The 2008 Torneo Clausura kicks off at long last following the summer break on Friday evening, with Lanús aiming to defend the title they won so improbably back in December, whilst the likes of Boca will be wanting to get back to winning ways. Other big sides need improved performances, for a variety of reasons, and for some the Clausura will be a scramble for survival. Step this way for the preview…
Lanús, the champions, have had a quiet summer in the transfer market and played only a few low-key friendlies, but when competitive action resumed, they showed that the mentality and style which took them to the Apertura title was still present. Unlucky to lose 1-0 at altitude to Ecuadorian side Olmedo, they took them apart in the second half of the return, winning 3-0 to book their place in the Copa Libertadores group stage. The lack of transfer activity works both ways, of course – it means no reinforcements of note have come in, but it also means manager Ramón Cabrero, and key men Diego Valeri and José Sand are still there, in Valeri’s case despite apparent interest from Italian champions Inter. A second straight title would be unlikely, but they’re riding the crest of a wave at the moment, so don’t bet against them. A 4-4-2 or 4-3-1-2, with Valeri given the playmaking duties and Sand leading the line, is most likely.
Argentina’s two giants are both stinging more than a little. Boca Juniors will be sore at not having won the Apertura after still being in the race with two matches remaining, and will want to expunge the memory of finishing behind not one, not two, but three sides who’ve never before won a title. With Juan Román Riquelme returning to his boyhood club, the expectations will be as high as ever in spite of initial fan disillusionment at the appointment of Carlos Ischia as manager to replace Miguel Angel Russo. And with the experience of the squad and the history of success, if any club in Argentina is going to challenge on two fronts – league and Copa Libertadores – it will be Boca. Riquelme will be the enganche (‘hook’) in a 4-3-1-2 formation, with Neri Cardozo a likely regular in midfield and Martín Palermo and Rodrigo Palacio feeding on the slo-mo maestro’s through balls up front.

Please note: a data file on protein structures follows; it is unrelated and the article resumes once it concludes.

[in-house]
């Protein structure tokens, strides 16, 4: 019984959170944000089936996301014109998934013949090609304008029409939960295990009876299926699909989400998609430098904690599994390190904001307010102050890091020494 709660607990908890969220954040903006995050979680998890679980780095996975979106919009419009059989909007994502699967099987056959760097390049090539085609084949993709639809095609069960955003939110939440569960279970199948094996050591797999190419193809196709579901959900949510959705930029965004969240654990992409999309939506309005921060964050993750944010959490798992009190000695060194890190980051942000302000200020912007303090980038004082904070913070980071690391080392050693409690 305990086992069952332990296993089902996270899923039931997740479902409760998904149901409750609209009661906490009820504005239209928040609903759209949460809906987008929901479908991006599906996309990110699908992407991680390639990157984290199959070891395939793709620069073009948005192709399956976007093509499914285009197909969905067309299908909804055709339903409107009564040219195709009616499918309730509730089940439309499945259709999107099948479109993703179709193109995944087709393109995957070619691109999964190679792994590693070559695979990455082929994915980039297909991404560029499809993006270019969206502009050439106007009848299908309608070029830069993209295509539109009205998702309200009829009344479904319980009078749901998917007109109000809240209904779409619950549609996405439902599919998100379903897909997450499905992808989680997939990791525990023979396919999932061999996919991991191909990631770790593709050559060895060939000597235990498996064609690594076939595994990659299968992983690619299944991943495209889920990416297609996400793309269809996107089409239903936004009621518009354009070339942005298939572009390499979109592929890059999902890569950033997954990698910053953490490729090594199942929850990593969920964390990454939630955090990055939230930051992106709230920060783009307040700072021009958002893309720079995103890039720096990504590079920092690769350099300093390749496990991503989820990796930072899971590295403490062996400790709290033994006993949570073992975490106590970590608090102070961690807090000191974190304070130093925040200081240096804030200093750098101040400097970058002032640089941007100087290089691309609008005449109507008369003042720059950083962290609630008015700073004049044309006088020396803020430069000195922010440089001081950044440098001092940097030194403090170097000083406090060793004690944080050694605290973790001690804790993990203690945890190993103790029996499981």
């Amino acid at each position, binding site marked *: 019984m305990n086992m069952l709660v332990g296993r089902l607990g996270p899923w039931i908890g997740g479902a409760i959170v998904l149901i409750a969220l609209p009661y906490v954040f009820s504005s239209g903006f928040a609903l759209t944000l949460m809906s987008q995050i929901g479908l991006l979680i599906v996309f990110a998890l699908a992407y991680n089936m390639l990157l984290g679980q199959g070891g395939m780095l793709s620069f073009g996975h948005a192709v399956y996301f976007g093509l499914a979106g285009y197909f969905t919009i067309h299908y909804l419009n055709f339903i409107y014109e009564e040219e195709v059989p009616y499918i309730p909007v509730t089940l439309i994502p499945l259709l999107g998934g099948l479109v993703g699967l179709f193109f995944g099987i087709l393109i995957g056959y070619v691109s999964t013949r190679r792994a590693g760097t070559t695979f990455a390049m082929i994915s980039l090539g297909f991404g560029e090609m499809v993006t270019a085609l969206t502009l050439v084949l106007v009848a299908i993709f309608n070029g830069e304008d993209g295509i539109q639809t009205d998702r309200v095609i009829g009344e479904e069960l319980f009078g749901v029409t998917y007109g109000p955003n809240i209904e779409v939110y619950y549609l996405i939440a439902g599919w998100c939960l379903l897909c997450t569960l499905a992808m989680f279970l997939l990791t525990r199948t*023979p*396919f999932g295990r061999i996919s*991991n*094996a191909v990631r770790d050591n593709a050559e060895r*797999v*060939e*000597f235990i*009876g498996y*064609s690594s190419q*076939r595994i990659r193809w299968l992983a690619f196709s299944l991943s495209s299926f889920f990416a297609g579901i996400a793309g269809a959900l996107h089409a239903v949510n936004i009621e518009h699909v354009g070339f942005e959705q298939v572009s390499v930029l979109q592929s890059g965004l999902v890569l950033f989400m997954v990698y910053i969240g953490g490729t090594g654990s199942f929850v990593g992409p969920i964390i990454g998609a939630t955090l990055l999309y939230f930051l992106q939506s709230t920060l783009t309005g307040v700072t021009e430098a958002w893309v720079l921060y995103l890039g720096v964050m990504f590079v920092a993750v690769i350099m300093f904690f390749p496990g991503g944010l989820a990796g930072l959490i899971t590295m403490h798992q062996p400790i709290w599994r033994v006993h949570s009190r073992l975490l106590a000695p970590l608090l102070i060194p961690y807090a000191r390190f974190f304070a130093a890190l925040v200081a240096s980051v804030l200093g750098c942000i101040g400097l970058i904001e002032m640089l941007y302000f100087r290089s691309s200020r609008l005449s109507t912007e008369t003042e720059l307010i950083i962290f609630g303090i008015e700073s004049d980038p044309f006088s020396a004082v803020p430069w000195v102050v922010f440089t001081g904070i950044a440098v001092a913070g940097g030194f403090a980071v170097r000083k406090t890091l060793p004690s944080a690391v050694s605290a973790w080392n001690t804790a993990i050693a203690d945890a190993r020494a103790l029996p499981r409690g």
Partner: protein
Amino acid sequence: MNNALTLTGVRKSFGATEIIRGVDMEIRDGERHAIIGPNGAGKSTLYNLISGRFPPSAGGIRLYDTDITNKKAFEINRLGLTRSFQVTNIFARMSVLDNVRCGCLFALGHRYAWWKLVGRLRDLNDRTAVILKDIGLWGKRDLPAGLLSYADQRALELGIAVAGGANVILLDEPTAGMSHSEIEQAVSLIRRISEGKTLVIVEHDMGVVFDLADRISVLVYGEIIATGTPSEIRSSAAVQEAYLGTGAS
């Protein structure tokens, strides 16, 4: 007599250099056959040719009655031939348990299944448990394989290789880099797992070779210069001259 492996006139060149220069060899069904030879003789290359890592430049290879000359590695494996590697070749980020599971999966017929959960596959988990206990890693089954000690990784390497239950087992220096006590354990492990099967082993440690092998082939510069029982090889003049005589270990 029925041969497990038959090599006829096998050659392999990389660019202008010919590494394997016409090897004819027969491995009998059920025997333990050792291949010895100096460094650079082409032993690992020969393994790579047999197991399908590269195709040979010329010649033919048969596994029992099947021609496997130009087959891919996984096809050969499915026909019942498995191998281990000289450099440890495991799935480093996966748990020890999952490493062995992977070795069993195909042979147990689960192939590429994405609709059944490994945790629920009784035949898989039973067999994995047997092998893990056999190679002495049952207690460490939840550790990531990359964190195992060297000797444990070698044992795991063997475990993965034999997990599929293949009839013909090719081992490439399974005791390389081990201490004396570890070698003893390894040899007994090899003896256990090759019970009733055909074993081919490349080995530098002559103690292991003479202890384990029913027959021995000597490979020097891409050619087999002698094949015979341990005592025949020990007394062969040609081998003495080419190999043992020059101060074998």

River Plate fans will be expecting their side to improve on the Apertura showing, too, but more dramatically than Boca’s. River finished a dismal 14th in the season’s first championship, and lost – heavily – to all four of the newly promoted clubs. The departure of Daniel Passarella as manager has brought in Diego Simeone, winner of the 2006 Apertura with Estudiantes just eleven months into his managerial career, who has wasted no time in stamping his image onto the club. Under Passarella, River attacked a lot but lacked precision. If Simeone’s plans come good, and they rediscover their touch in the final third, they could score by the bucketload. Fernando Belluschi has departed for Olympiakos, so Ariel Ortega will be the team’s reference. 4-2-3-1, 4-3-1-2, 3-3-1-3, 3-3-3-1… It’s anyone’s guess what Simeone’s exact formation and lineup will be, but one thing’s certain: if you visit the Monumental and River live up to expectations, you’ll see a few goals.
Relegation becomes an issue during the Clausura, at least more immediate an issue, because of the way it’s worked out in Argentina. At the end of the whole season (which means the end of the Clausura), the number of points each side has won in the division over the last three seasons is counted up and the relegation table drawn up on the basis of points-per-game. This is the Promedio, which you can take a look at over on our Tables page.
During this half of the season, then, the sides towards the bottom of the Promedio (not, you will notice, the same as the sides who were bottom of the Apertura) have some sweating to do, not to mention some (at times) complicated mental arithmetic. So far, it’s looking like an average of around 1.2 points per match might be enough – Olimpo and San Martín, both newly promoted, will need to get their skates on if they want to force their way into even 17th or 18th place, which whilst not guaranteeing safety, at least gives them the second chance of a playoff against the 3rd- or 4th-placed team from B Nacional.